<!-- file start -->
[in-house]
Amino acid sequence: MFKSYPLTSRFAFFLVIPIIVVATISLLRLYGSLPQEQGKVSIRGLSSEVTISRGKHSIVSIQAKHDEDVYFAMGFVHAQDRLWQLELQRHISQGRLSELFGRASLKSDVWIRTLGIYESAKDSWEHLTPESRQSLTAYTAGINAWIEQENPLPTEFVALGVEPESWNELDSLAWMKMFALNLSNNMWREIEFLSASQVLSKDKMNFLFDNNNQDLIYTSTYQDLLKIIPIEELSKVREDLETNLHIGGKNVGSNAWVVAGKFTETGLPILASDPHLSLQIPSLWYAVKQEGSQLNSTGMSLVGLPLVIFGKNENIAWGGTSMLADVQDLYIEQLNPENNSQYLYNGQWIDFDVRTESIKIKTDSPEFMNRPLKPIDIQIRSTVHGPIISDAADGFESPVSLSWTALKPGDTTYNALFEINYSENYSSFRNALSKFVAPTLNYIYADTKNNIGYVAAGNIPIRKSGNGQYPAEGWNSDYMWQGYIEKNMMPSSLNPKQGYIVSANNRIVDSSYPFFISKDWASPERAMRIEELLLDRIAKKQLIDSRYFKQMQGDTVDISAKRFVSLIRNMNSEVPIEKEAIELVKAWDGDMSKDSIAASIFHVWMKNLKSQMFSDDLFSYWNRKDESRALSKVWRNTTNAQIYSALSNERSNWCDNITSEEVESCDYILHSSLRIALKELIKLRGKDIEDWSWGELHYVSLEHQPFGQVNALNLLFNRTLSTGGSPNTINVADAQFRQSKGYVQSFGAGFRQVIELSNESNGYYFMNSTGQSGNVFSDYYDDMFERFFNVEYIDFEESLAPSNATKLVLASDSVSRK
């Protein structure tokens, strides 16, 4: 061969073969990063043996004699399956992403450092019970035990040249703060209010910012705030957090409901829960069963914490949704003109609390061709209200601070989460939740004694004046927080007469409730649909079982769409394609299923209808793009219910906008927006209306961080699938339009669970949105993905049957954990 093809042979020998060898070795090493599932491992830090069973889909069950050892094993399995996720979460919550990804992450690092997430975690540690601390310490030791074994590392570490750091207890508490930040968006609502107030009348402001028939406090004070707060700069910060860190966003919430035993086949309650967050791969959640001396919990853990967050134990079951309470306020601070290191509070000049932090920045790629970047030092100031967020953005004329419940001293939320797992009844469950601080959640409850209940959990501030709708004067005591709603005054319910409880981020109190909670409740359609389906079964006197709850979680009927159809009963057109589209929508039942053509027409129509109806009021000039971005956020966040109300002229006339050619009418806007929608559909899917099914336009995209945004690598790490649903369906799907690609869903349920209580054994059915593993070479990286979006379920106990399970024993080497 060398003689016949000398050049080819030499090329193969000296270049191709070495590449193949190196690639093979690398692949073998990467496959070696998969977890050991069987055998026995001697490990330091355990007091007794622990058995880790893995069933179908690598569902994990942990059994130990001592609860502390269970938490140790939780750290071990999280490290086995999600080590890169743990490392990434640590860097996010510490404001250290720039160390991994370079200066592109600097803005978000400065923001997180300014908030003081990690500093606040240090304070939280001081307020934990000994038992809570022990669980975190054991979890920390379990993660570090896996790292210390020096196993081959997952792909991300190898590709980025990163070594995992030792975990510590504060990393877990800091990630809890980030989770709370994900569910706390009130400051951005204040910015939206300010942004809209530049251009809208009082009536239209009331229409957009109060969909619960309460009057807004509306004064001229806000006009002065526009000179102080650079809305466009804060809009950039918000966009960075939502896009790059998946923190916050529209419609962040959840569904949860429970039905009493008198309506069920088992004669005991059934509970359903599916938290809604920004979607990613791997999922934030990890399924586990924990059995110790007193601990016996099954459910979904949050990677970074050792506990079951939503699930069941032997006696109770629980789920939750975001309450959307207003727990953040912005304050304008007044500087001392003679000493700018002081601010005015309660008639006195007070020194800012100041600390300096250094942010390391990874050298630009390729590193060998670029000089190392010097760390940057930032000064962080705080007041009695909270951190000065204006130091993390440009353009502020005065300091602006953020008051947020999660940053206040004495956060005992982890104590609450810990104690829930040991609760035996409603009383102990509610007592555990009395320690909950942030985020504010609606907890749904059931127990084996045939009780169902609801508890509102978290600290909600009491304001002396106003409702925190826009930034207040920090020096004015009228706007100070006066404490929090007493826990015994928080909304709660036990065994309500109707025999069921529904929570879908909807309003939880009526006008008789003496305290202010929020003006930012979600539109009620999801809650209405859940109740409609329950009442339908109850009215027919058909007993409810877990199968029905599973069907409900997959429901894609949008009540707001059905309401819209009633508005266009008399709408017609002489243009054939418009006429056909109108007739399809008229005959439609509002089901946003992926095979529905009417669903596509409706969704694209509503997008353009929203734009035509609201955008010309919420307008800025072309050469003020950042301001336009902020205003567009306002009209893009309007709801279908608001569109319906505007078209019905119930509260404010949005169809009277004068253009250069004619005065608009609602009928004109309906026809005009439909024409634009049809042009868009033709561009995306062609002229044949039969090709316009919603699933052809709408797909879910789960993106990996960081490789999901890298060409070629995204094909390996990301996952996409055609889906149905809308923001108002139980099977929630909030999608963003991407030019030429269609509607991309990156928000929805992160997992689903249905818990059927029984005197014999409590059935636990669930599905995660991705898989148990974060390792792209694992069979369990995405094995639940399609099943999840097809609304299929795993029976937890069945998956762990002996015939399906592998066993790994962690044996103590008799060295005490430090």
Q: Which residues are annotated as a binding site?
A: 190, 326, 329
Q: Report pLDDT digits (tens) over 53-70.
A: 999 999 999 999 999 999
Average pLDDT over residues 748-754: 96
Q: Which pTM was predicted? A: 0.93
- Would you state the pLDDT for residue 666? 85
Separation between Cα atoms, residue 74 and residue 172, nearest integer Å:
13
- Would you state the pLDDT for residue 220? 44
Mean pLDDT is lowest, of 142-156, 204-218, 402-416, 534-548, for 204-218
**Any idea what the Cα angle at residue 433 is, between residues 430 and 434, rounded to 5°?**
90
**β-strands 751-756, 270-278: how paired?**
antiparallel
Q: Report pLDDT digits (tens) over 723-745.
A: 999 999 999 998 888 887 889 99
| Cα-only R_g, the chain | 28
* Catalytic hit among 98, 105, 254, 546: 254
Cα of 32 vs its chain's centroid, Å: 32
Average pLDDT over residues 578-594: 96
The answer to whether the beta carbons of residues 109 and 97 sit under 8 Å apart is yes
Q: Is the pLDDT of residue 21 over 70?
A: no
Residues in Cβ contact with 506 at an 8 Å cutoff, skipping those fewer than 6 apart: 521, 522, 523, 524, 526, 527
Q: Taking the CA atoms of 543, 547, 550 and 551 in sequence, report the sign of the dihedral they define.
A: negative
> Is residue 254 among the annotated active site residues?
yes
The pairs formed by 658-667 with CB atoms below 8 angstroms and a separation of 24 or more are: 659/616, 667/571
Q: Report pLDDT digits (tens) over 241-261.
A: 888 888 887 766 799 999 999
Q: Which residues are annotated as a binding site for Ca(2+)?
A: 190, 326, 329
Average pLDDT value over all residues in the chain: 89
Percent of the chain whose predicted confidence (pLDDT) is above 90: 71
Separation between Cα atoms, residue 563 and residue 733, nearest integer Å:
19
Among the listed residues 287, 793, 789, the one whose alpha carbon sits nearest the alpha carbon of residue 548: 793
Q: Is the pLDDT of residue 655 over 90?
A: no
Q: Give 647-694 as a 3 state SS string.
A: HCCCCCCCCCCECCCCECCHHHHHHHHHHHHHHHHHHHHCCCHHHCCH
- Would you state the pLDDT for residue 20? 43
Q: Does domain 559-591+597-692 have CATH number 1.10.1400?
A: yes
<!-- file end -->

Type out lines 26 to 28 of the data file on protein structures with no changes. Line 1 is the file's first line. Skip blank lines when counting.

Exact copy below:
Q: Is the pLDDT of residue 21 over 70?
A: no
Residues in Cβ contact with 506 at an 8 Å cutoff, skipping those fewer than 6 apart: 521, 522, 523, 524, 526, 527